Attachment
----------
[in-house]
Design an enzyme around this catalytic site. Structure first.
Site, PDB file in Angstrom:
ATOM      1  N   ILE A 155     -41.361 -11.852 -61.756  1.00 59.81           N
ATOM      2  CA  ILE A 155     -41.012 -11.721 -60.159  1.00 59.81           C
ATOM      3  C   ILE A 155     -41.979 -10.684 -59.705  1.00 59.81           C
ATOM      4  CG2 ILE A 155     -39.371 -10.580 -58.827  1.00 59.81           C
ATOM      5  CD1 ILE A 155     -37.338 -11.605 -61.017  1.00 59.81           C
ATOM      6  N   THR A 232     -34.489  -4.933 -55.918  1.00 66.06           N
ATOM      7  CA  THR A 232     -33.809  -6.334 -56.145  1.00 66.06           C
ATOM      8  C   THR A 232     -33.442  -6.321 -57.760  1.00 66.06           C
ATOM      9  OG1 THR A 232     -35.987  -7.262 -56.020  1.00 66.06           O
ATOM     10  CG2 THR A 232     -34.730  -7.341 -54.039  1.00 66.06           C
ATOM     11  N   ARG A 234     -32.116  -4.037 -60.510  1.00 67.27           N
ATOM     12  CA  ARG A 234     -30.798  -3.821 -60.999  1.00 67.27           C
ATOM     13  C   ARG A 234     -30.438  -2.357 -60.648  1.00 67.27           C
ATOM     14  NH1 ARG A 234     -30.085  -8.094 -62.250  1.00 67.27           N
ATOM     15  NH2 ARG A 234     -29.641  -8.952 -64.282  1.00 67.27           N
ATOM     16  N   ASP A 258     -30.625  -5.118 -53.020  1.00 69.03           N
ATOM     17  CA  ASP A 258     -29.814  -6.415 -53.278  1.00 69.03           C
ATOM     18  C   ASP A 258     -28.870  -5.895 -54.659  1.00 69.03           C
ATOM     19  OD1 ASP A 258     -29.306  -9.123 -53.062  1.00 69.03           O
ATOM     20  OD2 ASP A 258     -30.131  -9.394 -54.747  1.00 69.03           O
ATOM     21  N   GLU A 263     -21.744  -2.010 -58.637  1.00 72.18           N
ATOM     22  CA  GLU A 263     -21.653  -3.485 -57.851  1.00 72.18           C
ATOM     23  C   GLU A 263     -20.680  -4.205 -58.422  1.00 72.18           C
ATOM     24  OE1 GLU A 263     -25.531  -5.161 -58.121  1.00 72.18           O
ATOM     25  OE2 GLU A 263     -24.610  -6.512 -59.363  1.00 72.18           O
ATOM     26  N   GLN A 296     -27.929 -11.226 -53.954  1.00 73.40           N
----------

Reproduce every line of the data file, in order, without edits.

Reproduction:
[in-house]
Design an enzyme around this catalytic site. Structure first.
Site, PDB file in Angstrom:
ATOM      1  N   ILE A 155     -41.361 -11.852 -61.756  1.00 59.81           N
ATOM      2  CA  ILE A 155     -41.012 -11.721 -60.159  1.00 59.81           C
ATOM      3  C   ILE A 155     -41.979 -10.684 -59.705  1.00 59.81           C
ATOM      4  CG2 ILE A 155     -39.371 -10.580 -58.827  1.00 59.81           C
ATOM      5  CD1 ILE A 155     -37.338 -11.605 -61.017  1.00 59.81           C
ATOM      6  N   THR A 232     -34.489  -4.933 -55.918  1.00 66.06           N
ATOM      7  CA  THR A 232     -33.809  -6.334 -56.145  1.00 66.06           C
ATOM      8  C   THR A 232     -33.442  -6.321 -57.760  1.00 66.06           C
ATOM      9  OG1 THR A 232     -35.987  -7.262 -56.020  1.00 66.06           O
ATOM     10  CG2 THR A 232     -34.730  -7.341 -54.039  1.00 66.06           C
ATOM     11  N   ARG A 234     -32.116  -4.037 -60.510  1.00 67.27           N
ATOM     12  CA  ARG A 234     -30.798  -3.821 -60.999  1.00 67.27           C
ATOM     13  C   ARG A 234     -30.438  -2.357 -60.648  1.00 67.27           C
ATOM     14  NH1 ARG A 234     -30.085  -8.094 -62.250  1.00 67.27           N
ATOM     15  NH2 ARG A 234     -29.641  -8.952 -64.282  1.00 67.27           N
ATOM     16  N   ASP A 258     -30.625  -5.118 -53.020  1.00 69.03           N
ATOM     17  CA  ASP A 258     -29.814  -6.415 -53.278  1.00 69.03           C
ATOM     18  C   ASP A 258     -28.870  -5.895 -54.659  1.00 69.03           C
ATOM     19  OD1 ASP A 258     -29.306  -9.123 -53.062  1.00 69.03           O
ATOM     20  OD2 ASP A 258     -30.131  -9.394 -54.747  1.00 69.03           O
ATOM     21  N   GLU A 263     -21.744  -2.010 -58.637  1.00 72.18           N
ATOM     22  CA  GLU A 263     -21.653  -3.485 -57.851  1.00 72.18           C
ATOM     23  C   GLU A 263     -20.680  -4.205 -58.422  1.00 72.18           C
ATOM     24  OE1 GLU A 263     -25.531  -5.161 -58.121  1.00 72.18           O
ATOM     25  OE2 GLU A 263     -24.610  -6.512 -59.363  1.00 72.18           O
ATOM     26  N   GLN A 296     -27.929 -11.226 -53.954  1.00 73.40           N